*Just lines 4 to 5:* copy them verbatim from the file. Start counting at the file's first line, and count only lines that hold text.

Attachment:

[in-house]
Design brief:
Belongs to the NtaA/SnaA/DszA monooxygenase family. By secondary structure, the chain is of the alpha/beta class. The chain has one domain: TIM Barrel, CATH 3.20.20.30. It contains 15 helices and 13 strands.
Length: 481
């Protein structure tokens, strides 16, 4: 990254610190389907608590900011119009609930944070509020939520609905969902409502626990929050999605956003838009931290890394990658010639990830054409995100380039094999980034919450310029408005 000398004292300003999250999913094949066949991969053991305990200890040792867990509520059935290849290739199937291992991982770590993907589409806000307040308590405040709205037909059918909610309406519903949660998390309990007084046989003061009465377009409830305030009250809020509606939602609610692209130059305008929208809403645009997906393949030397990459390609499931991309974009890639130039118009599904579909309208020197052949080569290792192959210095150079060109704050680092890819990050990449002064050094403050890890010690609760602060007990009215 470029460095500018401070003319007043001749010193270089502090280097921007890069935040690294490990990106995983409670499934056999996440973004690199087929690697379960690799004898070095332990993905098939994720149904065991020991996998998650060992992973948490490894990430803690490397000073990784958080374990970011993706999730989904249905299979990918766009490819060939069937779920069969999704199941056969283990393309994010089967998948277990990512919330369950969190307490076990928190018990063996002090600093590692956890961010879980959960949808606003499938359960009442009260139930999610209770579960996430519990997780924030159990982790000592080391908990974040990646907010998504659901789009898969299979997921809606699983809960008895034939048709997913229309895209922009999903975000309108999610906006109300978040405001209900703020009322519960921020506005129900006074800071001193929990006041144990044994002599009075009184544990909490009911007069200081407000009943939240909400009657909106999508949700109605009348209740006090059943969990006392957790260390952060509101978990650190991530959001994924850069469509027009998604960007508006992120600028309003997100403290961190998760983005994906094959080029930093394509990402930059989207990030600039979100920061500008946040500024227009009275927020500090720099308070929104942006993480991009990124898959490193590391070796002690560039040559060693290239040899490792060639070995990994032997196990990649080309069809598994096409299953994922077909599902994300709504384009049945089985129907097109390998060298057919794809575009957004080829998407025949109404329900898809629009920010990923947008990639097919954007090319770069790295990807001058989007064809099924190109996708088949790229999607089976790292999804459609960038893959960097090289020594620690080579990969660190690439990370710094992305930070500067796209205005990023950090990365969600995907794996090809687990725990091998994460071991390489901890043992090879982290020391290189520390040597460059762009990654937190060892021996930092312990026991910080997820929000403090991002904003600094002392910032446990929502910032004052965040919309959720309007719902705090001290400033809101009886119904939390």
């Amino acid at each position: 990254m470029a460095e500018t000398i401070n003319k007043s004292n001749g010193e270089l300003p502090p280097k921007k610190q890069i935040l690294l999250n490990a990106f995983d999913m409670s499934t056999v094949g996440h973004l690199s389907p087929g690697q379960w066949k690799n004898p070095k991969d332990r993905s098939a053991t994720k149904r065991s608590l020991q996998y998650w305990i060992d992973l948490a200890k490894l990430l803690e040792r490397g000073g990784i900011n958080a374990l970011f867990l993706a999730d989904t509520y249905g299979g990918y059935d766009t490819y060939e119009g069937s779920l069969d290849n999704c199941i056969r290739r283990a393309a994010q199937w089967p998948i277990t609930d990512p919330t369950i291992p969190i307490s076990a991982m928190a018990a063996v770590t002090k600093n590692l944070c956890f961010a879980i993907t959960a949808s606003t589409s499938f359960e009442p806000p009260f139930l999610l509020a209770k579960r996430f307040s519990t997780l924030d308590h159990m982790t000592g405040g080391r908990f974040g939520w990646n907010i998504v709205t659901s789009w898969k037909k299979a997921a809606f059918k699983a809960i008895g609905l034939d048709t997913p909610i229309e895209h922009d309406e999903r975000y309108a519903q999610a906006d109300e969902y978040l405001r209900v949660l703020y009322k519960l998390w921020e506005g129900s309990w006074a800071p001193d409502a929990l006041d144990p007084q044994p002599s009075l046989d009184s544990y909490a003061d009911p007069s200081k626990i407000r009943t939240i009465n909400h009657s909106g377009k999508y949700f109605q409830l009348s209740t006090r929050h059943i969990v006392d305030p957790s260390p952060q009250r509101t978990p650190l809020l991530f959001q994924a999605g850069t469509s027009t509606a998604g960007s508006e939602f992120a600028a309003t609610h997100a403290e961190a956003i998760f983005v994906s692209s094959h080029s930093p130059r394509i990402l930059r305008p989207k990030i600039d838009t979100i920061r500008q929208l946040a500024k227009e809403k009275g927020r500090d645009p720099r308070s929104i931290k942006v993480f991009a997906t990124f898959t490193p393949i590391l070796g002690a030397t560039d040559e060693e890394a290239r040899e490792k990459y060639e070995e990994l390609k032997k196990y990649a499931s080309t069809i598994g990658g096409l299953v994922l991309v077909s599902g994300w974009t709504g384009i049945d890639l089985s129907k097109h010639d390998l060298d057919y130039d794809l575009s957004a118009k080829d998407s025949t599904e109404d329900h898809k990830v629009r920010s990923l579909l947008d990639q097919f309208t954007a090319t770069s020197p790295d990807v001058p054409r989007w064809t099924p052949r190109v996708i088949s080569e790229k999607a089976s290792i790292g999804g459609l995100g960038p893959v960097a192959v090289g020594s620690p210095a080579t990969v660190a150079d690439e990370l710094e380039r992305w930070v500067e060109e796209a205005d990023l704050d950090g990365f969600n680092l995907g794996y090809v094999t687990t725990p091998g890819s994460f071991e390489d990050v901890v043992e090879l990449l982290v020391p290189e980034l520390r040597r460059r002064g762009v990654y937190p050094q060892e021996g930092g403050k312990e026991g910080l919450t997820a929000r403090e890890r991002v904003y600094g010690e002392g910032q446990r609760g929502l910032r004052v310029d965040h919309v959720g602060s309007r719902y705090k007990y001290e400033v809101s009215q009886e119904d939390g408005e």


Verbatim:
Length: 481
């Protein structure tokens, strides 16, 4: 990254610190389907608590900011119009609930944070509020939520609905969902409502626990929050999605956003838009931290890394990658010639990830054409995100380039094999980034919450310029408005 000398004292300003999250999913094949066949991969053991305990200890040792867990509520059935290849290739199937291992991982770590993907589409806000307040308590405040709205037909059918909610309406519903949660998390309990007084046989003061009465377009409830305030009250809020509606939602609610692209130059305008929208809403645009997906393949030397990459390609499931991309974009890639130039118009599904579909309208020197052949080569290792192959210095150079060109704050680092890819990050990449002064050094403050890890010690609760602060007990009215 470029460095500018401070003319007043001749010193270089502090280097921007890069935040690294490990990106995983409670499934056999996440973004690199087929690697379960690799004898070095332990993905098939994720149904065991020991996998998650060992992973948490490894990430803690490397000073990784958080374990970011993706999730989904249905299979990918766009490819060939069937779920069969999704199941056969283990393309994010089967998948277990990512919330369950969190307490076990928190018990063996002090600093590692956890961010879980959960949808606003499938359960009442009260139930999610209770579960996430519990997780924030159990982790000592080391908990974040990646907010998504659901789009898969299979997921809606699983809960008895034939048709997913229309895209922009999903975000309108999610906006109300978040405001209900703020009322519960921020506005129900006074800071001193929990006041144990044994002599009075009184544990909490009911007069200081407000009943939240909400009657909106999508949700109605009348209740006090059943969990006392957790260390952060509101978990650190991530959001994924850069469509027009998604960007508006992120600028309003997100403290961190998760983005994906094959080029930093394509990402930059989207990030600039979100920061500008946040500024227009009275927020500090720099308070929104942006993480991009990124898959490193590391070796002690560039040559060693290239040899490792060639070995990994032997196990990649080309069809598994096409299953994922077909599902994300709504384009049945089985129907097109390998060298057919794809575009957004080829998407025949109404329900898809629009920010990923947008990639097919954007090319770069790295990807001058989007064809099924190109996708088949790229999607089976790292999804459609960038893959960097090289020594620690080579990969660190690439990370710094992305930070500067796209205005990023950090990365969600995907794996090809687990725990091998994460071991390489901890043992090879982290020391290189520390040597460059762009990654937190060892021996930092312990026991910080997820929000403090991002904003600094002392910032446990929502910032004052965040919309959720309007719902705090001290400033809101009886119904939390």